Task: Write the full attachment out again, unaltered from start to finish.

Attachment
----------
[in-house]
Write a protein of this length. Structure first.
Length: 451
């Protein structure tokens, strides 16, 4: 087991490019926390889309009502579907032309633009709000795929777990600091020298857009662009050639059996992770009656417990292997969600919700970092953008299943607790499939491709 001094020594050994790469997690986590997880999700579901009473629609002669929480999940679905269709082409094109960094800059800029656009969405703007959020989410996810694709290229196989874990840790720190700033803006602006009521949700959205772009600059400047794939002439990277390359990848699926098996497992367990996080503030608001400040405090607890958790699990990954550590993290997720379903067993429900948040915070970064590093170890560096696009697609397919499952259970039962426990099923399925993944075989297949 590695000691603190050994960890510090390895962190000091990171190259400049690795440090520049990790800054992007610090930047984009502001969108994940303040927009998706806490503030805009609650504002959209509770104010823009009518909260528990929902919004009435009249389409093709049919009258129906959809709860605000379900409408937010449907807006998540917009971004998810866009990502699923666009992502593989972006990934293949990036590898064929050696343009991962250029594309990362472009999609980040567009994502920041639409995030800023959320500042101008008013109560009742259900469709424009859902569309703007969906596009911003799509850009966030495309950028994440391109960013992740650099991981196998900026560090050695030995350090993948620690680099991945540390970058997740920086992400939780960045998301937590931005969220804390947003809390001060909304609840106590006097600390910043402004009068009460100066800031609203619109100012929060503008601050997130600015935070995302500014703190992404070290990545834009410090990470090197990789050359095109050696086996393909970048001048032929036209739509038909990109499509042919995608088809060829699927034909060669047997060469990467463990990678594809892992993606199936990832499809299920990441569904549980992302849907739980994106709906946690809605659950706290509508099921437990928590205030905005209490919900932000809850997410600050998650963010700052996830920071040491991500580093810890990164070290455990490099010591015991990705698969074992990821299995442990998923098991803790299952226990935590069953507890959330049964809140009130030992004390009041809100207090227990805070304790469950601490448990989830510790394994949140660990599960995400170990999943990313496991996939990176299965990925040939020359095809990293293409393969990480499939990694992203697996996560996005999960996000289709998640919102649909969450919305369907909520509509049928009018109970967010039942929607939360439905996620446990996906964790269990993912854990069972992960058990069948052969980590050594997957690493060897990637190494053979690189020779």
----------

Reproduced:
[in-house]
Write a protein of this length. Structure first.
Length: 451
């Protein structure tokens, strides 16, 4: 087991490019926390889309009502579907032309633009709000795929777990600091020298857009662009050639059996992770009656417990292997969600919700970092953008299943607790499939491709 001094020594050994790469997690986590997880999700579901009473629609002669929480999940679905269709082409094109960094800059800029656009969405703007959020989410996810694709290229196989874990840790720190700033803006602006009521949700959205772009600059400047794939002439990277390359990848699926098996497992367990996080503030608001400040405090607890958790699990990954550590993290997720379903067993429900948040915070970064590093170890560096696009697609397919499952259970039962426990099923399925993944075989297949 590695000691603190050994960890510090390895962190000091990171190259400049690795440090520049990790800054992007610090930047984009502001969108994940303040927009998706806490503030805009609650504002959209509770104010823009009518909260528990929902919004009435009249389409093709049919009258129906959809709860605000379900409408937010449907807006998540917009971004998810866009990502699923666009992502593989972006990934293949990036590898064929050696343009991962250029594309990362472009999609980040567009994502920041639409995030800023959320500042101008008013109560009742259900469709424009859902569309703007969906596009911003799509850009966030495309950028994440391109960013992740650099991981196998900026560090050695030995350090993948620690680099991945540390970058997740920086992400939780960045998301937590931005969220804390947003809390001060909304609840106590006097600390910043402004009068009460100066800031609203619109100012929060503008601050997130600015935070995302500014703190992404070290990545834009410090990470090197990789050359095109050696086996393909970048001048032929036209739509038909990109499509042919995608088809060829699927034909060669047997060469990467463990990678594809892992993606199936990832499809299920990441569904549980992302849907739980994106709906946690809605659950706290509508099921437990928590205030905005209490919900932000809850997410600050998650963010700052996830920071040491991500580093810890990164070290455990490099010591015991990705698969074992990821299995442990998923098991803790299952226990935590069953507890959330049964809140009130030992004390009041809100207090227990805070304790469950601490448990989830510790394994949140660990599960995400170990999943990313496991996939990176299965990925040939020359095809990293293409393969990480499939990694992203697996996560996005999960996000289709998640919102649909969450919305369907909520509509049928009018109970967010039942929607939360439905996620446990996906964790269990993912854990069972992960058990069948052969980590050594997957690493060897990637190494053979690189020779």